5 ways technology will change in 2021

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    The start of a new year is upon us, so naturally, it’s time to look forward and imagine what technologies will impact our lives over the next 12 months.

    We’ve often looked to CES as the show that kicks off the year and sets the tone, with many products announced in January, eventually shipping 6-8 months later.

    While nobody has a crystal ball, it is worth documenting our thoughts and hopes now to look back on a year from now and evaluate what progress was made and what we fell short on.

    So here are my guesses for what we’ll see in technology in 2021:

    8K TVs become affordable

    I seen an 8K TV around 4 years ago at CES and it was easily the best display I’ve ever laid eyes on. From that moment, I knew 8K was really something that would arrive in our homes, but there’s been just one small problem, the price.

    8K TVs are priced at a premium, despite having a fairly small amount of 8K content sources for owners to leverage. This means 8K TVs often rely on their upscalers to take 4K content (or lower) to a near 8K quality.

    In 2021, I predict the price of a name brand (Samsung, LG etc) 75″+ 8K TV will be under the magic A$5,000. Currently the best from Samsung has an RRP of between A$8,699 and A$13,499 for an 8K 75″ TV.

    More automakers offer direct sales

    Buying a vehicle sight unseen, often through a mobile app, is a crazy concept to most, however hundreds of thousands of Tesla owners did exactly that.

    We see retail franchises struggle to compete with purely online businesses and shortly we’ll see legacy auto brands resolve the fact that a traditional dealership and service model won’t deliver price competitive EVs.

    Expect many automakers to at least offer a purely online purchase of a vehicle in 2021.

    Mesh routers outsell single devices

    While some people live in small apartments, easily serviced by a single router with a few antennas, many Australians live in houses. These houses definitely vary in size, but most are large enough to encounter WiFi performance issues.

    With new WiFi Mesh solutions like Amazon’s Eero, it makes solving that problem easy enough that anyone can do it. In 2021, I predict we’ll start to see ISPs even start to offer Mesh WiFi solutions in place of their single-product solutions.

    I’d even feel confident predicting that in the residential space, Australia will see Mesh WiFi solutions outsell single router/WiFi devices in 2021.

    IoT products will actually create a smart home

    We’ve been sold the dream for many, many years now that internet connected devices will all talk to each other and make our lives better. The reality is, many don’t and there’s serious brand lock in.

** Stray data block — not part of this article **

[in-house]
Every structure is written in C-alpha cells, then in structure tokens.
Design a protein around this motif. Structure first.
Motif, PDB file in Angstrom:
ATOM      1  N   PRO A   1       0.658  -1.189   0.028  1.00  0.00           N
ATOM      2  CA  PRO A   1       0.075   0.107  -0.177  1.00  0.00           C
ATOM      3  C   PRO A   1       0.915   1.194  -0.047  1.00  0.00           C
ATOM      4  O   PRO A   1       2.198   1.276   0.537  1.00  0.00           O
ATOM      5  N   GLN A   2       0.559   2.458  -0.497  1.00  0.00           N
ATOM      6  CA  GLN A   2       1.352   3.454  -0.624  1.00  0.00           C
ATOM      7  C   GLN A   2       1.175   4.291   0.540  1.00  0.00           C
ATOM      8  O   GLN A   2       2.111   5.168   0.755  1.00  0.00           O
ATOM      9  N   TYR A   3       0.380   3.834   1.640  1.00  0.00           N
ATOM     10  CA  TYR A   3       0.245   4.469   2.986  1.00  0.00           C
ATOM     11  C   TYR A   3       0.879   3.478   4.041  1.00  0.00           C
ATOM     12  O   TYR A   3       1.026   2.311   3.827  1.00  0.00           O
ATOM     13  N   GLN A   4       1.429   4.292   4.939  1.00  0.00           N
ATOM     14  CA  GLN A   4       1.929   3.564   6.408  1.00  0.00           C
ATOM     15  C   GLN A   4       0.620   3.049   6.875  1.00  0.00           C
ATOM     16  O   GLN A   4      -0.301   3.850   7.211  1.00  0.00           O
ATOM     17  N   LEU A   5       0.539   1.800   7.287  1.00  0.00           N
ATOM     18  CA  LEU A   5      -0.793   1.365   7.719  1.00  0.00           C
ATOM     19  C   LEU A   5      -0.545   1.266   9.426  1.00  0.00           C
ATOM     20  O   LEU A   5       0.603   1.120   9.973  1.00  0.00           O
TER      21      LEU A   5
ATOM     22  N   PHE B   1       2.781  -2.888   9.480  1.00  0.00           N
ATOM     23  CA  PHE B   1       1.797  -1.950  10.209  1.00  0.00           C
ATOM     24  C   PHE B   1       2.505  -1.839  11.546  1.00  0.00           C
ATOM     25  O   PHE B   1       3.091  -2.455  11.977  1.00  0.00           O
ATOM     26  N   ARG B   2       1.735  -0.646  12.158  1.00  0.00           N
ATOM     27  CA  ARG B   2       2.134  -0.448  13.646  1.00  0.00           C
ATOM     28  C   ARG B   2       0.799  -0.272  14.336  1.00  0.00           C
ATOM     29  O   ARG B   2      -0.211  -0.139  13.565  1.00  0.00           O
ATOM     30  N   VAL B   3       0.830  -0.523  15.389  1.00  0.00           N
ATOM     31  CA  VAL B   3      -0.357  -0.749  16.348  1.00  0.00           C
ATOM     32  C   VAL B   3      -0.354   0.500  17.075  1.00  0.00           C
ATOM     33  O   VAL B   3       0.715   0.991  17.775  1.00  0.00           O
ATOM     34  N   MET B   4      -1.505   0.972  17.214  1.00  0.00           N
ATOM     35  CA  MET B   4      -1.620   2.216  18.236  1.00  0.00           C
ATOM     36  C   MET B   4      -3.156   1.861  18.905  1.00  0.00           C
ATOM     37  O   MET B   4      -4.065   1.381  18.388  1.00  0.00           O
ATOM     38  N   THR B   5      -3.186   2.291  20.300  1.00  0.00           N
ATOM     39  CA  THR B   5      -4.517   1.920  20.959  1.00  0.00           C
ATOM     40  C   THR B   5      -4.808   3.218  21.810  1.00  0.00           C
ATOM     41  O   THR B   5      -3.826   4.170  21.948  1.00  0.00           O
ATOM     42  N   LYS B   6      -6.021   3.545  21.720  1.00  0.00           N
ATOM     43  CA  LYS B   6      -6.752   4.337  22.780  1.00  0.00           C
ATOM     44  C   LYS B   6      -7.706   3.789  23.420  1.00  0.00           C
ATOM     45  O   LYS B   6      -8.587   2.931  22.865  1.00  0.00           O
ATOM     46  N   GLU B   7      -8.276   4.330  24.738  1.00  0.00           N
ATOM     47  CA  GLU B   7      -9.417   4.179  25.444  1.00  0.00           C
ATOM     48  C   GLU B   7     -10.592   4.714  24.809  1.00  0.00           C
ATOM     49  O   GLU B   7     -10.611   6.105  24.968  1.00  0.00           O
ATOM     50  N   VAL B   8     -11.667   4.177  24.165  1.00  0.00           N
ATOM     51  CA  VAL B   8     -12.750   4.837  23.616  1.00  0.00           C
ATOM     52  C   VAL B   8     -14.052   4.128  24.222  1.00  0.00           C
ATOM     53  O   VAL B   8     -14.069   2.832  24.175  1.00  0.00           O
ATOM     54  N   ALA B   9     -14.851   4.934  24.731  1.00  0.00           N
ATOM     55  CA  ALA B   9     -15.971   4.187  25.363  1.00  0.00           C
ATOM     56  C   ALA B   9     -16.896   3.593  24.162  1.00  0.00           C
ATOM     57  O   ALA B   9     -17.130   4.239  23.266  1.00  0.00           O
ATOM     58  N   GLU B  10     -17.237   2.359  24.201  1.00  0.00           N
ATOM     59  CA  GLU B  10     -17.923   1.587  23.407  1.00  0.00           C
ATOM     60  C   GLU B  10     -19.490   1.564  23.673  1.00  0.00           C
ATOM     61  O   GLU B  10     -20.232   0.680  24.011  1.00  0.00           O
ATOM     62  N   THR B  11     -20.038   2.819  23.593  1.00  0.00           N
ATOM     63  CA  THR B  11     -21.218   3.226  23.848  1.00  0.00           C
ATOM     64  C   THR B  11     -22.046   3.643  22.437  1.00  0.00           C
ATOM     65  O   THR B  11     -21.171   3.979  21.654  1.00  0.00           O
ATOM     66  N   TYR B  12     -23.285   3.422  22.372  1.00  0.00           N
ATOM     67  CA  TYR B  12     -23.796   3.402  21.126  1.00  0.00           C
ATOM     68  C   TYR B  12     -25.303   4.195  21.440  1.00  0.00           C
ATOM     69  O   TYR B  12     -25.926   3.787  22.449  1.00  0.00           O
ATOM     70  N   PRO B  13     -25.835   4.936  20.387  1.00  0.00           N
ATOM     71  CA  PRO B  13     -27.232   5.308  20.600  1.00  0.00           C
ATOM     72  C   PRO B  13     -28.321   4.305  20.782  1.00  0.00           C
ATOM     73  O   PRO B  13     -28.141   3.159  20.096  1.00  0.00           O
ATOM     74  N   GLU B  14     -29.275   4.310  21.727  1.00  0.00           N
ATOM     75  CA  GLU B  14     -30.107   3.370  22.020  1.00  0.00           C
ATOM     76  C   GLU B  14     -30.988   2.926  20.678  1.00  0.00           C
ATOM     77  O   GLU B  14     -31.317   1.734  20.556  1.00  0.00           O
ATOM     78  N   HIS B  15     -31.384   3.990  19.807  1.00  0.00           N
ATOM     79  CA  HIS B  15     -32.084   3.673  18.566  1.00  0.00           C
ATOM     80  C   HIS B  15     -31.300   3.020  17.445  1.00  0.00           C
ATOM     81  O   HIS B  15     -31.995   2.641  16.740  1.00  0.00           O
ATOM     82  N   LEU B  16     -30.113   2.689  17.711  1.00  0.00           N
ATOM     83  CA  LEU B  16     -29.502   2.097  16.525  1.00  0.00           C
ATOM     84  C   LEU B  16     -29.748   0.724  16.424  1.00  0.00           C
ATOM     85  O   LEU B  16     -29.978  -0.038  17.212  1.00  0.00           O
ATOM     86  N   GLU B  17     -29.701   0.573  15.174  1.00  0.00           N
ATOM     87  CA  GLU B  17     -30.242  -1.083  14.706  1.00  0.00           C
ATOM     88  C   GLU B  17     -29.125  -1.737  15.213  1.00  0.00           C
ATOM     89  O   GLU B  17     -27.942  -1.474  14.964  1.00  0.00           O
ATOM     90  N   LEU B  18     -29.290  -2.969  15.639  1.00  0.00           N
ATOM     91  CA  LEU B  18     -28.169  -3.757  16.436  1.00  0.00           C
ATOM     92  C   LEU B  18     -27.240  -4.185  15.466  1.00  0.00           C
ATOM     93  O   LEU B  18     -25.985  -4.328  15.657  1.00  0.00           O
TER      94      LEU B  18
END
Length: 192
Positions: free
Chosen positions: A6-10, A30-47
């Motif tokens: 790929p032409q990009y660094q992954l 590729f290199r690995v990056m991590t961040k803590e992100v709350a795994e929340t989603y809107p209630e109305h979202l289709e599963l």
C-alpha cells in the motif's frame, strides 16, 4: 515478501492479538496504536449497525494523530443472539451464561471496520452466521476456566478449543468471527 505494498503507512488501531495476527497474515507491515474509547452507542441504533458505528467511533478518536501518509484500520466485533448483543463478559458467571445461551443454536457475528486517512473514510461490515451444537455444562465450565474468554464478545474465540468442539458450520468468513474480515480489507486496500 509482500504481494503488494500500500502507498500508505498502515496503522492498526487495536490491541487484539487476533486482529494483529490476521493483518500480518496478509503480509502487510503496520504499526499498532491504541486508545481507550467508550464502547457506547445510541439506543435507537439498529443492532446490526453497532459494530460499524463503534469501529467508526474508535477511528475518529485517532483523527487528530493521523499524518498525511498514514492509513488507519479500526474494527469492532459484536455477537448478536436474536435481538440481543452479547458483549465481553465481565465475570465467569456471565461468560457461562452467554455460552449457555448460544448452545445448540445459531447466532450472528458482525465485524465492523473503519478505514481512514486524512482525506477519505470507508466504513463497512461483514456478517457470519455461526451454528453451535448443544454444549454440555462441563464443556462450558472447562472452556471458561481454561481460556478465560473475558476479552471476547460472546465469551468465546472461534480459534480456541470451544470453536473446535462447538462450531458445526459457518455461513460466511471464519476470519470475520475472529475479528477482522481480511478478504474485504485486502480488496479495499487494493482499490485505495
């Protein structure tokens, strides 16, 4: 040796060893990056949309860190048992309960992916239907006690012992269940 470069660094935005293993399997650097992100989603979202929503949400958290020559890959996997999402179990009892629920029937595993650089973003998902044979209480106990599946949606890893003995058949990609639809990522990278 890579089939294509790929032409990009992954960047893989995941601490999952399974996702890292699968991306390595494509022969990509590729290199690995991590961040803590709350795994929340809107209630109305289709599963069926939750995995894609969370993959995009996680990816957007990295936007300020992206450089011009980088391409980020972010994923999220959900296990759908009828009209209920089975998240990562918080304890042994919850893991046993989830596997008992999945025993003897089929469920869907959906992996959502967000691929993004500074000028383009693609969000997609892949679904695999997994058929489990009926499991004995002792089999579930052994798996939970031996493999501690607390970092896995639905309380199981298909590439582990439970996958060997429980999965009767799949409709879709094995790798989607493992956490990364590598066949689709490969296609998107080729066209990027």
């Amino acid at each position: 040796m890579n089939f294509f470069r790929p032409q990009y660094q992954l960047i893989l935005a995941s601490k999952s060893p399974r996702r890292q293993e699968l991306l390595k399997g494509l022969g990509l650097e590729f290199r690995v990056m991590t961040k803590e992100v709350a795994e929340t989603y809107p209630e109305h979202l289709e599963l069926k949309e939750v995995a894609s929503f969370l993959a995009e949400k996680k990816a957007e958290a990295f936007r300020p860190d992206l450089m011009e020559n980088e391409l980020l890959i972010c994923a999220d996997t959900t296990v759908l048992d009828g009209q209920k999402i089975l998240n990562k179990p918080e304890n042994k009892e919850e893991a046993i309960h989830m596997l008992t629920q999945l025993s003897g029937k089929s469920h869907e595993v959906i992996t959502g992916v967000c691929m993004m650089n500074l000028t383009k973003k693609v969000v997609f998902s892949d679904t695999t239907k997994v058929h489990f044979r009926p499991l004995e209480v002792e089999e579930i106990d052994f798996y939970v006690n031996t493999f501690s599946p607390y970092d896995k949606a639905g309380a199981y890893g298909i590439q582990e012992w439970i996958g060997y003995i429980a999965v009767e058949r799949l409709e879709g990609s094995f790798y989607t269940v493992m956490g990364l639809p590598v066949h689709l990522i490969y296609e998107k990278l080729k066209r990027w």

Unless you’re willing to fork out big dollars on a system like Control 4, and stick to compatible devices, then you’ve likely had issues.

    Personally I have a Ring Video Doorbell, which I’d love to have displayed on my Samsung TV, or Google Nest Hub Max, but that’s not possible. Sadly the best IoT service, IFTTT went to a paid model in 2020, so that ruined a lot of automations we relied on and while fun, don’t provide enough value to actually pay another monthly subscription.

    A couple of TV services disappear

    There is a seriously ridiculous list of video subscription services available now. Netflix is the 1,000-pound gorilla, then there’s Hulu, Disney+, Amazon Prime Video, HBO Max/NOW, YouTube Premium, AppleTV+ and Foxtel, Stan and Kayo.

    I have no doubt there is someone in the world that has every single service, just so they don’t miss a show, but the majority of us, chose a couple so our monthly isn’t outrageous.

    In 2021, I think we go through a rationalisation of TV and Movie streaming services. Whether its through mergers and acquisitions, or just some simply don’t make it and close, this number does not seem sustainable.

    Leave your thoughts and opinions below in the comments and let me know if there’s any you want to add to the list.

    Jason Cartwright
    Jason Cartwright
    Creator of techAU, Jason has spent the dozen+ years covering technology in Australia and around the world. Bringing a background in multimedia and passion for technology to the job, Cartwright delivers detailed product reviews, event coverage and industry news on a daily basis. Disclaimer: Tesla Shareholder from 20/01/2021

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